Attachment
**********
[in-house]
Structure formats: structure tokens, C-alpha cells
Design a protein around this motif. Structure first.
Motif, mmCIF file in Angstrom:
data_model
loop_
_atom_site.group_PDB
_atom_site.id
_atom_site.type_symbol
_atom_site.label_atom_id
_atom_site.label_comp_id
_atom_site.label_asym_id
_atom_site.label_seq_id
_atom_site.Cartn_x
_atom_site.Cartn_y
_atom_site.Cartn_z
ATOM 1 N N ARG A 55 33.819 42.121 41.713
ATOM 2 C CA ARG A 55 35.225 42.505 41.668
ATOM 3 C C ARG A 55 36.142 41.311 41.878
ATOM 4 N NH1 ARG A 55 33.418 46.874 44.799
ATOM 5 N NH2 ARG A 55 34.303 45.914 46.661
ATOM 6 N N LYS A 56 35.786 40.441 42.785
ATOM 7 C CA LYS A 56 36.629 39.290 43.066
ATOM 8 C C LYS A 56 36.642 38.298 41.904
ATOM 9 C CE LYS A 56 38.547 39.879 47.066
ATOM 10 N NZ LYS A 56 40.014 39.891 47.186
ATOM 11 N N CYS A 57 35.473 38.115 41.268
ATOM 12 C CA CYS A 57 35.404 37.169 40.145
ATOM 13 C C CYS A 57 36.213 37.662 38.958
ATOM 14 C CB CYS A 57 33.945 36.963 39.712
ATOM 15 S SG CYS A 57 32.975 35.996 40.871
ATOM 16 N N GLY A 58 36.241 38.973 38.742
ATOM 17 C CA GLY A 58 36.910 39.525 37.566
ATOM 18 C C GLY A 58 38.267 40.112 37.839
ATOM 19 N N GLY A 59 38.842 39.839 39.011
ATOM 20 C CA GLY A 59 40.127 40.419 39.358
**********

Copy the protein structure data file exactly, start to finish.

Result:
[in-house]
Structure formats: structure tokens, C-alpha cells
Design a protein around this motif. Structure first.
Motif, mmCIF file in Angstrom:
data_model
loop_
_atom_site.group_PDB
_atom_site.id
_atom_site.type_symbol
_atom_site.label_atom_id
_atom_site.label_comp_id
_atom_site.label_asym_id
_atom_site.label_seq_id
_atom_site.Cartn_x
_atom_site.Cartn_y
_atom_site.Cartn_z
ATOM 1 N N ARG A 55 33.819 42.121 41.713
ATOM 2 C CA ARG A 55 35.225 42.505 41.668
ATOM 3 C C ARG A 55 36.142 41.311 41.878
ATOM 4 N NH1 ARG A 55 33.418 46.874 44.799
ATOM 5 N NH2 ARG A 55 34.303 45.914 46.661
ATOM 6 N N LYS A 56 35.786 40.441 42.785
ATOM 7 C CA LYS A 56 36.629 39.290 43.066
ATOM 8 C C LYS A 56 36.642 38.298 41.904
ATOM 9 C CE LYS A 56 38.547 39.879 47.066
ATOM 10 N NZ LYS A 56 40.014 39.891 47.186
ATOM 11 N N CYS A 57 35.473 38.115 41.268
ATOM 12 C CA CYS A 57 35.404 37.169 40.145
ATOM 13 C C CYS A 57 36.213 37.662 38.958
ATOM 14 C CB CYS A 57 33.945 36.963 39.712
ATOM 15 S SG CYS A 57 32.975 35.996 40.871
ATOM 16 N N GLY A 58 36.241 38.973 38.742
ATOM 17 C CA GLY A 58 36.910 39.525 37.566
ATOM 18 C C GLY A 58 38.267 40.112 37.839
ATOM 19 N N GLY A 59 38.842 39.839 39.011
ATOM 20 C CA GLY A 59 40.127 40.419 39.358